1) Cold that is lingering long enough I'm starting to think it's more than just a cold? Check.
2) Knee pain when I ride more than an hour? Check.
3) Bike that creaks like a haunted house in the wind when I stand up? Check.
Alright, it must be time to mountain bike race!!
So today I was back down at Winding Trails, home of the Chainbiter, to restart my mountain bike career. I had only just registered when panic time started... not only because that's my default action 60 minutes before a start, but also because I heard that some guy had won beginner class on a cross bike. A cross bike!
Suddenly my dual-suspension Jamis seemed very, very heavy.
(As a side note, if you're clever enough to bring a cross bike to a mountain bike race because you know the course is easy, then maybe you should try riding sport, hmmm?)
Preriding the course with Linnea confirmed my fears. This thing was flat, short and fast. I'd describe it but it's pretty simple... 20-25 minutes of flying around smooth double track in the big ring with the occasional fast and smooth singletrack section thrown in. I had been hoping to start slowly, see how I felt and then settle into whatever pace I could manage, but it was obvious that was a recipe for failure today -- with that much drafting to be had, it was going to run a lot more like a cross race than a mountain bike race.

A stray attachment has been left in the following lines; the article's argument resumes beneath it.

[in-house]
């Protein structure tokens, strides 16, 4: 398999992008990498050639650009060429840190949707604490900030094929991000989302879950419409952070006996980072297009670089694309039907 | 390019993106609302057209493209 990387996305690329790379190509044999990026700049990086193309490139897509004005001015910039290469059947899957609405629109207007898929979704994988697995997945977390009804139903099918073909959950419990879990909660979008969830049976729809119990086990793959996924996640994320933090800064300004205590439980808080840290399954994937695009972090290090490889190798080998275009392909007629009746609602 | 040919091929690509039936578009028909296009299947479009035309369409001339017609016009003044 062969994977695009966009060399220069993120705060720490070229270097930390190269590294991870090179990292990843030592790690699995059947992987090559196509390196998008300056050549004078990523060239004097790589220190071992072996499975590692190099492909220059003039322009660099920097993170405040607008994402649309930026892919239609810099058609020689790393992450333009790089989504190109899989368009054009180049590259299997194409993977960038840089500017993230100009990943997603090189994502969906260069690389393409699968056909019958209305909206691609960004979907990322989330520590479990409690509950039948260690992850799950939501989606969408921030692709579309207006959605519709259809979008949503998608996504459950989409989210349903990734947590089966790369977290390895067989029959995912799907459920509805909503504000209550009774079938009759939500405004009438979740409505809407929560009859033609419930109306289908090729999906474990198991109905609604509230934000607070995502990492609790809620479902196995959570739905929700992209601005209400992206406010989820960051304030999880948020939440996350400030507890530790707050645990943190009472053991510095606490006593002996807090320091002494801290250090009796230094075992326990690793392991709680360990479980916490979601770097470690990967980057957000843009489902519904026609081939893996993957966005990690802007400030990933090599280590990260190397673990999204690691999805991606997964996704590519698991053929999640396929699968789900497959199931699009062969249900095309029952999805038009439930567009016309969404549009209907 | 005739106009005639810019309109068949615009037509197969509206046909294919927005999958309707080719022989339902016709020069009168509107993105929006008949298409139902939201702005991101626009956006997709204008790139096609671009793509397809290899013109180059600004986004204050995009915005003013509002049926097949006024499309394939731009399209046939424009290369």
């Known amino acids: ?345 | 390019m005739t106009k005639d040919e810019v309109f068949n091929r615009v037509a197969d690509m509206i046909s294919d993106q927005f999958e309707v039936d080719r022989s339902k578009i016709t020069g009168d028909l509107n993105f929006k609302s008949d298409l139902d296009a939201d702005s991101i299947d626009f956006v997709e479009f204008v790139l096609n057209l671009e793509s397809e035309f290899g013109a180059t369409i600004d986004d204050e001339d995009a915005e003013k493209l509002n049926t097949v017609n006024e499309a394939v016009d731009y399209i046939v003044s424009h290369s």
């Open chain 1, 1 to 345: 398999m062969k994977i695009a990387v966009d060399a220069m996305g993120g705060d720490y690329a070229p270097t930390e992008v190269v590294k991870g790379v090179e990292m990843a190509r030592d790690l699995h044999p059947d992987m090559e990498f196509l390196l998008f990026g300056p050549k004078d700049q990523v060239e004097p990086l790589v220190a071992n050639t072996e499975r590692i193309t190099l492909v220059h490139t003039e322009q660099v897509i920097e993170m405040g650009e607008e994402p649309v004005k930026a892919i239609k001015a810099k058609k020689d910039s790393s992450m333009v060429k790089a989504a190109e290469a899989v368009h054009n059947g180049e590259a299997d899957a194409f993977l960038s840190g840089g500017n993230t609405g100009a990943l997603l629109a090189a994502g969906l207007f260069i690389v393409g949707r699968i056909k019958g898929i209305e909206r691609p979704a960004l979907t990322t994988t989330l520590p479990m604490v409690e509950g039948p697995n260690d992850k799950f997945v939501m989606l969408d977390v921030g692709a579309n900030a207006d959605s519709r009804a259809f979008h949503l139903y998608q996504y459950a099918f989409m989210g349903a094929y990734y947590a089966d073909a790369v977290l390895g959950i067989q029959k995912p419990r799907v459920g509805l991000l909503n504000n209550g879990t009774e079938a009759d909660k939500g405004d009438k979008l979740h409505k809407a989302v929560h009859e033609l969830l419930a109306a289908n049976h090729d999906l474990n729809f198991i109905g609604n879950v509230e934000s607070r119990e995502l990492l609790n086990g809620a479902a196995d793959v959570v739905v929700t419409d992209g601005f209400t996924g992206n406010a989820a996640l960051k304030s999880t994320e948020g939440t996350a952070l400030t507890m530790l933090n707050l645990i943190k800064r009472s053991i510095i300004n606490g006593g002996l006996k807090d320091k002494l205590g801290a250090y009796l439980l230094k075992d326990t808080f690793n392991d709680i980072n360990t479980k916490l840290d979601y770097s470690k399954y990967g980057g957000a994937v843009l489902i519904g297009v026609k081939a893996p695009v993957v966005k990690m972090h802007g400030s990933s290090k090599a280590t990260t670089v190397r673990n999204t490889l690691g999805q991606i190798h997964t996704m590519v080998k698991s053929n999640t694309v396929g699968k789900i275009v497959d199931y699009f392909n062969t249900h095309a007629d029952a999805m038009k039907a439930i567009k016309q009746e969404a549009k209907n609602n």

So I lined up near the back of 20 or so people riding the 19-29 sport category and went tearing into the woods in an absolute cross-tastic start. The first singletrack section came about 4 minutes in and when the leaders looped back I could see I was up to about 8th place. Not bad. Also, we were really hauling.
Pretty soon things started to break up and I found myself on the wrong end of a gap, with 30 yards between me and the lead group. I ignored my brain's warnings that I really shouldn't be going this hard less than 10 minutes in and tried to bridge across, and got up there with relative ease. Well, if you had been watching me, you would have thought it was easy, but inside the control room there were all kinds of lights and klaxons going off. I got onto the lead groups wheels and tried to rest a bit in the draft.